People who lined up for free income tax preparation in South Omaha on Tuesday probably knew how much money they made last year.
Representatives from Voices for Children in Nebraska were there to help them see what that sum means to a family's bottom line.
The nonprofit advocacy group showed off its Family Bottom Line Calculator, an online tool that computes what it takes for families of various sizes to live without government assistance or other help.
The calculator was unveiled in conjunction with this month's release of the group's new report: “The Family Bottom Line: Nebraska Families After the Great Recession,” said Aubrey Mancuso, policy coordinator for economic stability and health at Voices for Children.
The report and the calculator both show that the official federal poverty line does not accurately measure what it takes for families to meet their basic needs in a society in which costs are rising but incomes are not, she said.
“Nebraska families are working hard, but hard work isn't enough anymore,” Mancuso told about 25 people in a crowded waiting room at Family Housing Advisory Services near 36th and Q Streets.
To figure out your self-sufficiency on the calculator, you enter in where you live and how many adults and children are in your household. The calculator will tell you how much items such as housing, food and child care cost each month on average in your area, accounting for any tax credits you receive.
Tell it your income, and it tells you whether that's enough to cover those needs, and how much you're short or how much you have left over.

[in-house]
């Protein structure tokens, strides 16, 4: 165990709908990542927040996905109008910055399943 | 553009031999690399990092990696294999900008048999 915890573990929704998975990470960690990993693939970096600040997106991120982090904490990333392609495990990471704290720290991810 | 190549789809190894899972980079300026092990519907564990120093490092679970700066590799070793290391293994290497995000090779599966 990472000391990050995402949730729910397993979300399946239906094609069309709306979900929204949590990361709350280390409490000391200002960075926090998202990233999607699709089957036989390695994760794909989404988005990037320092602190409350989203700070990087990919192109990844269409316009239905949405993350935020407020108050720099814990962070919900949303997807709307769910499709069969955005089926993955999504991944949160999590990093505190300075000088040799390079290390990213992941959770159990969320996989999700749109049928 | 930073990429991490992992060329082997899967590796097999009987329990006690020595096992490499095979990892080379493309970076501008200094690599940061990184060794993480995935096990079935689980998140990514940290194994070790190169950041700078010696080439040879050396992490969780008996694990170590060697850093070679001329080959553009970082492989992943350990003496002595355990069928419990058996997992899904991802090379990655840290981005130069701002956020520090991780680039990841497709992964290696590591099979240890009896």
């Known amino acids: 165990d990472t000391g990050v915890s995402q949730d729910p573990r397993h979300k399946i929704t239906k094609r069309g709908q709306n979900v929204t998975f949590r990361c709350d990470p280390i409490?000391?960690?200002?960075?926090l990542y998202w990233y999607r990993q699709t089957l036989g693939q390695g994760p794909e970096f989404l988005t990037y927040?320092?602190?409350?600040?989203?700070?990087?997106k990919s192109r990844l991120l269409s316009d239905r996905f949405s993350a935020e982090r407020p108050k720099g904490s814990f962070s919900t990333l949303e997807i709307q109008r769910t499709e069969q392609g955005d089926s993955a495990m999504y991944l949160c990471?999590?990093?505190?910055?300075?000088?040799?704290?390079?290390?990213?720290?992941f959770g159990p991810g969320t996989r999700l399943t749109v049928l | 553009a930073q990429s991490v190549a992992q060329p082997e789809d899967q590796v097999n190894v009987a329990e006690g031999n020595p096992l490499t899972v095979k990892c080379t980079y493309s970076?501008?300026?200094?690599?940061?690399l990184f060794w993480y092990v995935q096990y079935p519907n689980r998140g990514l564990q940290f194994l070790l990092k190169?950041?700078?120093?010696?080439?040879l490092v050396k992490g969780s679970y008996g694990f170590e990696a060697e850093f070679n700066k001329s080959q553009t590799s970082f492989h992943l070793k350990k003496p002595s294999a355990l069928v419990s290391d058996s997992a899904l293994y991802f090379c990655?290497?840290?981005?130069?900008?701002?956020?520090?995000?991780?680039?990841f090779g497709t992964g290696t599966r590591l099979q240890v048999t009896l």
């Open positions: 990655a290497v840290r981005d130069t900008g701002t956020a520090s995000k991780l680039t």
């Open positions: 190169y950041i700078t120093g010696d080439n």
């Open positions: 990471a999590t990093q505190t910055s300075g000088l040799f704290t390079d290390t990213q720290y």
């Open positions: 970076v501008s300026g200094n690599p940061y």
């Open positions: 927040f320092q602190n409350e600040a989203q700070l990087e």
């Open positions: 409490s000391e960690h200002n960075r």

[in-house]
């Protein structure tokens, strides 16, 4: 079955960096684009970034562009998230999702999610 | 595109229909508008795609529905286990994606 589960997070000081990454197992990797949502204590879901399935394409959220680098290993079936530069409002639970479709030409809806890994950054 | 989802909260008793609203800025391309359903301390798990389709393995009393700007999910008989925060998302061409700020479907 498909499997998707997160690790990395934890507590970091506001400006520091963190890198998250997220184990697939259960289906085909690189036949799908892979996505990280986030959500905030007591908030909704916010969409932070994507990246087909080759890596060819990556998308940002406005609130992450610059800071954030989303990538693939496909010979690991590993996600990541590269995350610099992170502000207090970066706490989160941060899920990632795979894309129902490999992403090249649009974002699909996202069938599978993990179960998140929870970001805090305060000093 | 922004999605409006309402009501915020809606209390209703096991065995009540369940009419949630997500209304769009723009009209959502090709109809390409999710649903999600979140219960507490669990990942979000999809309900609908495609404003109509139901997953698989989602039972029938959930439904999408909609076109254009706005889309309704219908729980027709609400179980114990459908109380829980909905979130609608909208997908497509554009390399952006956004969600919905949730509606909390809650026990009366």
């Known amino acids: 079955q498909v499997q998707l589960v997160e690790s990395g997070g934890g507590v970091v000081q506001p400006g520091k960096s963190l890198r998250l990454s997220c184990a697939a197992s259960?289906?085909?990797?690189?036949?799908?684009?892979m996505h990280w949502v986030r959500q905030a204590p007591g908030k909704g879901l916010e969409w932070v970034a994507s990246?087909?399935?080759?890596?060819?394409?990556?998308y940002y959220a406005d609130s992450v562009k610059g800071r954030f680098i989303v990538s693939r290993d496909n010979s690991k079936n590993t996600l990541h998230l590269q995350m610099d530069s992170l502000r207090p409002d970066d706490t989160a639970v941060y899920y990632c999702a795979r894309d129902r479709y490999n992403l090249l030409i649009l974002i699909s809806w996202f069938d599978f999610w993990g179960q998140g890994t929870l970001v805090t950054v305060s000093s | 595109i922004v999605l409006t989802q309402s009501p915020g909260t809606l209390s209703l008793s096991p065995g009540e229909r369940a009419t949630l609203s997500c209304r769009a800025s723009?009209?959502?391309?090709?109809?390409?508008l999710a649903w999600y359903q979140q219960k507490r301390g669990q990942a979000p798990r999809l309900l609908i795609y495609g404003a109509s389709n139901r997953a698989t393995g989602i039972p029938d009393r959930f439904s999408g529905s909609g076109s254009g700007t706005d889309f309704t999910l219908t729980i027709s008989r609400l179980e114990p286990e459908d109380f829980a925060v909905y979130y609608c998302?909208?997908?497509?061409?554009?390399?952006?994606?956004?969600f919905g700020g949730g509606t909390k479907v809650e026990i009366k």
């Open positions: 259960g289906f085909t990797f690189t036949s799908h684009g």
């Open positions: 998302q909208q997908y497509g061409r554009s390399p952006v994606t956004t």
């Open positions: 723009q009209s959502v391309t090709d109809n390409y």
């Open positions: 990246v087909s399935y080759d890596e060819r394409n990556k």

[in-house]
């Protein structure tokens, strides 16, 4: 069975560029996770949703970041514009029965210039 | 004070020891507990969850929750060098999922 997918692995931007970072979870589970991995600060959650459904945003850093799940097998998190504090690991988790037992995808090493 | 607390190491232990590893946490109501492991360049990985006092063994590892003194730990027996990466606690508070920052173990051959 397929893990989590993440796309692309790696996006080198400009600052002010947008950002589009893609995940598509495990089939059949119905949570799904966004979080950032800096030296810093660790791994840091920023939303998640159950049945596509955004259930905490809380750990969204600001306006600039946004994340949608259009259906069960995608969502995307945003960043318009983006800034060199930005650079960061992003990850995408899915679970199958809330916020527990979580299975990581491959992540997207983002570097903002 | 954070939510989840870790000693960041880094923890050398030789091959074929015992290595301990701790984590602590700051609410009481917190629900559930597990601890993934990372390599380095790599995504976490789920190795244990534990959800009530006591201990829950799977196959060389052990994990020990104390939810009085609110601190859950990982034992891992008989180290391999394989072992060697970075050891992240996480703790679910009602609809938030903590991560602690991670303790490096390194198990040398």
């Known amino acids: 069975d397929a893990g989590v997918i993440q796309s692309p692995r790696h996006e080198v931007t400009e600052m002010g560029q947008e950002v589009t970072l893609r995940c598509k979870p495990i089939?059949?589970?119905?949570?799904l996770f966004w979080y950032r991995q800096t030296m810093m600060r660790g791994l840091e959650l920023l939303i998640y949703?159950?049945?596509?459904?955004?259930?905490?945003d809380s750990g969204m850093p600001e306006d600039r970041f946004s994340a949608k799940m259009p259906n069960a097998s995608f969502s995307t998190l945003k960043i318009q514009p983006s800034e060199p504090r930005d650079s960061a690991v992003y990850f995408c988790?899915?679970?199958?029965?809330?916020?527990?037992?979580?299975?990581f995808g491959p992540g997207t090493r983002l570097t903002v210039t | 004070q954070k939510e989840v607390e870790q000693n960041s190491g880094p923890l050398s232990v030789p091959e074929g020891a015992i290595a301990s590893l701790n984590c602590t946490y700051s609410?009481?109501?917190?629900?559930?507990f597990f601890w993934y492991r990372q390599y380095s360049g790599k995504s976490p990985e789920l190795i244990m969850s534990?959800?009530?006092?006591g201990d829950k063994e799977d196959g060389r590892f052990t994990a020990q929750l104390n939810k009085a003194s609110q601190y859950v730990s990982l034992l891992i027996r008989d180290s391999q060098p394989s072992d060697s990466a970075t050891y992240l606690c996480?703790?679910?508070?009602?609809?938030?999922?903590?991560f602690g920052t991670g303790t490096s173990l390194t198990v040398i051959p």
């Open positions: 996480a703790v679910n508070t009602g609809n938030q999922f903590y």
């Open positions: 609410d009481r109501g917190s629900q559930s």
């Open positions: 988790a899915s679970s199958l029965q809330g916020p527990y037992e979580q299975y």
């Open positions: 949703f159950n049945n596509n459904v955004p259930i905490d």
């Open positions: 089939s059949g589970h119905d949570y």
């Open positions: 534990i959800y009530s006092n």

According to the group's calculations, for example, a family with a single adult, an infant and a preschooler in a metropolitan Nebraska county (over 20,000 population) must earn $45,875.40 each year to have enough to meet the average cost of living. The wage-earner must make $22.06 an hour. The federal poverty rate for a family of three is $19,090.
Personnel from Voices for Children compiled the data using information from the University of Washington Center for Women's Welfare, an organization that researches income inequality and self-sufficiency issues. It updates a 2009 report by the same name.
Mancuso said families can use the calculator as a planning tool, though she acknowledged that it doesn't offer anything beyond letting people know how much or little they have.
However, the group will share both the report and the calculator with policymakers, some of whom, she said, talk about income inequality issues in terms of effort rather than stagnant wages.
“We want to broaden the conversation beyond (the notion that) people just aren't working hard enough,” she said.
The report found that 73 percent of Nebraska children younger than 6 have all available parents in the workforce. It also found that the state's median income, updated for inflation, declined 28 percent between 2000 and 2012.
It recommends increasing the minimum wage, expanding tax credits for working families and addressing the “cliff effect” that occurs when people on public assistance are offered raises.